ChatGPT is arguably the most explosive development in generative AI technology, possibly in the technology field in recent memory. It seems that no one can talk or write about anything else, even my 8-year-old has jumped on the hype bandwagon firing endless questions at me to which I have few answers.
As consumer applications fare, the hype itself is not to be underestimated. The application unveiled on 30 November 2022 gained a million users in the first five days, and in recent analyst statements, the popular chatbot brought to you by OpenAI reached 100 million active users by the end of January averaging a mind-boggling 13 million unique visitors a day. To give you a sense of its exponential power, by comparison it took TikTok nine months to hit 100 million users, and Instagram over two years. It is by all accounts the fastest growing App user base of all time.
So what is ChatGPT? The short answer is an application based on GPT-3 tech (Generative Pre-trained Transformer 3), a large-scale natural language model released in 2020 that uses deep machine learning to sift through, analyse, and process internet data and sources to reference its knowledge memory bank. In turn, the chatbot provides answers to questions mimicking human writing patterns with the algorithm built to understand context and relevancy to generate human-like plausible responses.
What is already clear is that the power of GPT-3 seems to have shaped the future of AI wars between the technology giants. Microsoft, who own a significant stake in the company OpenAI, announced another whopping multi-million-dollar investment including supercomputer development and cloud computing support for the company. The investment is rumoured to be as much as 10 billion dollars. Moreover, in what appears to be a series of timely announcements, Microsoft went further announcing new AI powered updates to its Bing search engine and Edge browser, including some of OpenAI’s GPT-3.5 language technologies to be deployed through Bing.
This is a big deal: betting heavily on ChatGPT signals a significant shift in Microsoft’s business and with the internet overall. As these large language models start to permeate everything we do online, how we engage with the internet will change in ways we can’t really fully predict. The big picture for now is the multi-billion dollar industry segment that is internet search. And stealing ground on Google is clearly driving Microsoft’s carefully planned execution. Google, perhaps under market pressure, allegedly brought forward the launch of its own chatbot known as Bard AI based on Google's language learning model, LaMDA. It further announced a 300 million dollar investment in a firm called Anthropic, which is developing a rival application to ChatGPT. Other tech giants have launched their own proprietary versions: Meta launched AI chatbot Blenderbot in the US last summer and in China, Baidu says an advanced version of its chatbot Ernie will roll out as of March 2023.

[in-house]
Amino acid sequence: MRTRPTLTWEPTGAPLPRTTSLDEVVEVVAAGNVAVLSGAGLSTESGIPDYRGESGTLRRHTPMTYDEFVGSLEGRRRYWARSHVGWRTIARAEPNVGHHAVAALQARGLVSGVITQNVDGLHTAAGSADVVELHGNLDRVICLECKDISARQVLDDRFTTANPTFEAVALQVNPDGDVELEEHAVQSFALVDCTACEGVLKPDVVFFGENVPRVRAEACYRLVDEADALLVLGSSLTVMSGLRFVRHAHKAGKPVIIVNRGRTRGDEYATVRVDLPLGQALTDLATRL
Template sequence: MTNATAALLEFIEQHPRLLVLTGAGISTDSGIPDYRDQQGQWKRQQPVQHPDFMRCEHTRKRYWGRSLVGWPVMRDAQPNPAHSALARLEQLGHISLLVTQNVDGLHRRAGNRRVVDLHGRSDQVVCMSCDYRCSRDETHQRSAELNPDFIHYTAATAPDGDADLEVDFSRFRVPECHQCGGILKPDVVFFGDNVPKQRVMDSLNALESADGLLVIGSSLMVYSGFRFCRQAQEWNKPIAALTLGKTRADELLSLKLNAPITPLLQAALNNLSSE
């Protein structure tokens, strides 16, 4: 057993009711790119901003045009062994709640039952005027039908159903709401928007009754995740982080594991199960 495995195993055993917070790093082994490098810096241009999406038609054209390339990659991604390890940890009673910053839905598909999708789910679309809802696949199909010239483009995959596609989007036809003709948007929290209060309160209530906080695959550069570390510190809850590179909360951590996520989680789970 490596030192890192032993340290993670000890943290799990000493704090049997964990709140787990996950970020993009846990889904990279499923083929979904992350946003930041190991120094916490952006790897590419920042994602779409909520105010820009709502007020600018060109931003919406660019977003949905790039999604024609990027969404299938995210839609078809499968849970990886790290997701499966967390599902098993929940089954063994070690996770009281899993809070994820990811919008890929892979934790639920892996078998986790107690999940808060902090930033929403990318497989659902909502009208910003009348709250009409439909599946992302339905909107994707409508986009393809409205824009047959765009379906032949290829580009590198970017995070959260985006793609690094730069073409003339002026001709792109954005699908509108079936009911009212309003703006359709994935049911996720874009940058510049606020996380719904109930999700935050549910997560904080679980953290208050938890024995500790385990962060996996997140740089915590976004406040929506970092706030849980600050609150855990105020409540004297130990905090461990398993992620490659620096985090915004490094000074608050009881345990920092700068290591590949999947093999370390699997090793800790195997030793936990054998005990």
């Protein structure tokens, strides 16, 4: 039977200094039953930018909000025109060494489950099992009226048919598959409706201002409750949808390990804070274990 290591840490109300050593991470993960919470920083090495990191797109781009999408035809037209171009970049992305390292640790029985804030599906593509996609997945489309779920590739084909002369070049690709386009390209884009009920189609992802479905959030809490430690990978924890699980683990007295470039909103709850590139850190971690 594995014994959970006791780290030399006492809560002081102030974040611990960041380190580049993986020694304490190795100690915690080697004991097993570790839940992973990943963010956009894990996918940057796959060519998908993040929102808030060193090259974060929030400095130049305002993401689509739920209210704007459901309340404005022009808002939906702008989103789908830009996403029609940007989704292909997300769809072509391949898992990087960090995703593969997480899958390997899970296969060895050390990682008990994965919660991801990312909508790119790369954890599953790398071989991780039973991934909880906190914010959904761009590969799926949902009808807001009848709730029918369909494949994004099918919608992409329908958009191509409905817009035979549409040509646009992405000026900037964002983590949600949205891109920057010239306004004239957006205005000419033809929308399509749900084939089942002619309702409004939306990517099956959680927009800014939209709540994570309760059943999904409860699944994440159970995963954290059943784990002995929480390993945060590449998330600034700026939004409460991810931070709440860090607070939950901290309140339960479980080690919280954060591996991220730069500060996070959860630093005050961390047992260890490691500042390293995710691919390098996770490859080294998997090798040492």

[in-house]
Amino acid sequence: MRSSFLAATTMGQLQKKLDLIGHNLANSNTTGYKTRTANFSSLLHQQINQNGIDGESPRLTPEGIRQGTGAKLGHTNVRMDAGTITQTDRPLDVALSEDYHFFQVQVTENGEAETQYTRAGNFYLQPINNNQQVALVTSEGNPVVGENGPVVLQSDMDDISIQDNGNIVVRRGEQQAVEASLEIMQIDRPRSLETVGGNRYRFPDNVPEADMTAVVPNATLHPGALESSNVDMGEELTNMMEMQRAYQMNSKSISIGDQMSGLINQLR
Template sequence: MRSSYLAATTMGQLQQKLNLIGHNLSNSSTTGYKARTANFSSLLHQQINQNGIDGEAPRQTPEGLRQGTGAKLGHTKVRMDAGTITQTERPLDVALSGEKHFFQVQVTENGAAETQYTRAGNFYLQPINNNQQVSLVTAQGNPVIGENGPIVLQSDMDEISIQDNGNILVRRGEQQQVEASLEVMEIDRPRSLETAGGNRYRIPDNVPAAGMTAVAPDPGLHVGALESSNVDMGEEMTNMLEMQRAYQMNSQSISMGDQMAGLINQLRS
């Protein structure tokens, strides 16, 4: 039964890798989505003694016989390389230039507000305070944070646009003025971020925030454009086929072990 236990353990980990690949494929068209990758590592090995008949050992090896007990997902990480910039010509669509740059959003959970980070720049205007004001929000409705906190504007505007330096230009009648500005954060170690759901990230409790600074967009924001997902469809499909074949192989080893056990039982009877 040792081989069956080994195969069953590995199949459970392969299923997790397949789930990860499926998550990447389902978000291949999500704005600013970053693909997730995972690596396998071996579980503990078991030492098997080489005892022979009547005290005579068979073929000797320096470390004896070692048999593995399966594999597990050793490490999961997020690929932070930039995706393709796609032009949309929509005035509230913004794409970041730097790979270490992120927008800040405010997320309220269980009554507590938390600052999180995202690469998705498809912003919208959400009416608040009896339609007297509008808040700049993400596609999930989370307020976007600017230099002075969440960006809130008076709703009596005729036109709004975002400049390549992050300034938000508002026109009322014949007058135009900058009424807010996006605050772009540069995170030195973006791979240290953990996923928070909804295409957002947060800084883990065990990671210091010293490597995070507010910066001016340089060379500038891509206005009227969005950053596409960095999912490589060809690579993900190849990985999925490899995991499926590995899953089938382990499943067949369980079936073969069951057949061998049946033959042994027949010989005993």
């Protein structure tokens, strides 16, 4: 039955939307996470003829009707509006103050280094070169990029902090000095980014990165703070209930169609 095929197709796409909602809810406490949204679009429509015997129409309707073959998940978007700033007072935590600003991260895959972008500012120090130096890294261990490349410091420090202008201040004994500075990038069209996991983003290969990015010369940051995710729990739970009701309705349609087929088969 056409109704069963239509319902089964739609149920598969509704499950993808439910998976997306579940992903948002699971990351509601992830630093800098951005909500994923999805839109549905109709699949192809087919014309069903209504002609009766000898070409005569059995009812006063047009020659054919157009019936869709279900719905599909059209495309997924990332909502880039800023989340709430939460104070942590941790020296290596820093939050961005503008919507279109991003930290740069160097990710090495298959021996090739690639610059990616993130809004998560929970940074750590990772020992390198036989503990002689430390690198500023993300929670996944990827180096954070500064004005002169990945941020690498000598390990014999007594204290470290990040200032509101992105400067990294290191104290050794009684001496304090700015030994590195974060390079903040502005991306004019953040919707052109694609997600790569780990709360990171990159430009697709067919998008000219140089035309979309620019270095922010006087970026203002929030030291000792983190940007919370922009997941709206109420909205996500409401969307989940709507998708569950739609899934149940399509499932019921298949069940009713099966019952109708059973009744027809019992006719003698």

All said, the technology is still comparatively in its infancy. And as with all emerging technology, one wonders where the data privacy risks lie. This is a question few seem to be asking so far. Let’s stick with ChatGPT here. The method that OpenAI uses to collect data is still to be disclosed. Though we know, at least here in Europe through past precedents, that obtaining training data by scraping data from websites is an infringement of both the EU and UK GDPR, the e-Privacy directive, and ultimately the EU Charter of fundamental rights. I’ve seen a few comparisons with the now infamous case of Clearview AI which built its facial recognition data base using images scraped from the internet and subsequently found itself on the receiving end of enforcement notices from multiple EU DPAs (including the UK ICO). The CNIL for one, found Clearview AI in breach of no less than six different articles of the GDPR. Sometimes overlooked, it is worth remembering that there are a significant number of articles and recitals within the GDPR that relate to AI and machine learning compliance requirements.
A number of the German data protection regulators have also started to voice their concerns over ChatGPT. The general – and all too familiar – stance being that whoever develops and controls the algorithm determines the results. In the regulator’s view, this can quickly lead to questionable or false results, political influence or racial bias and discrimination. Transparency of algorithms and the call to have advanced AI systems checked by independent third parties through institutional and or government action is now a growing mantra. Moreover, the European Parliament have recently questioned whether chatbots such as ChatGPT should be covered by Annex III (high risk AI systems) as it finalises its position on the EU AI Act. Arguably, and in true European fashion, the application of the ‘precautionary principle’ will continue to dominate legislative and regulatory debates as Europe seeks to identify and assess the perceived risks associated with the technology.
There will be many tomes written on the subject of advanced chatbots in the foreseeable future. Already there are philosophical concerns as to the impact of future usage of such AI applications potentially eroding our creative ability. We should by default be mindful not to underestimate the long-term impact of these new technologies which in themselves are only going to become more performant over time. We have to accept this evolution as a given and find the optimal pathways for society to be augmented by the technology, all the while preserving our humanity and our ability to engage in critical thinking.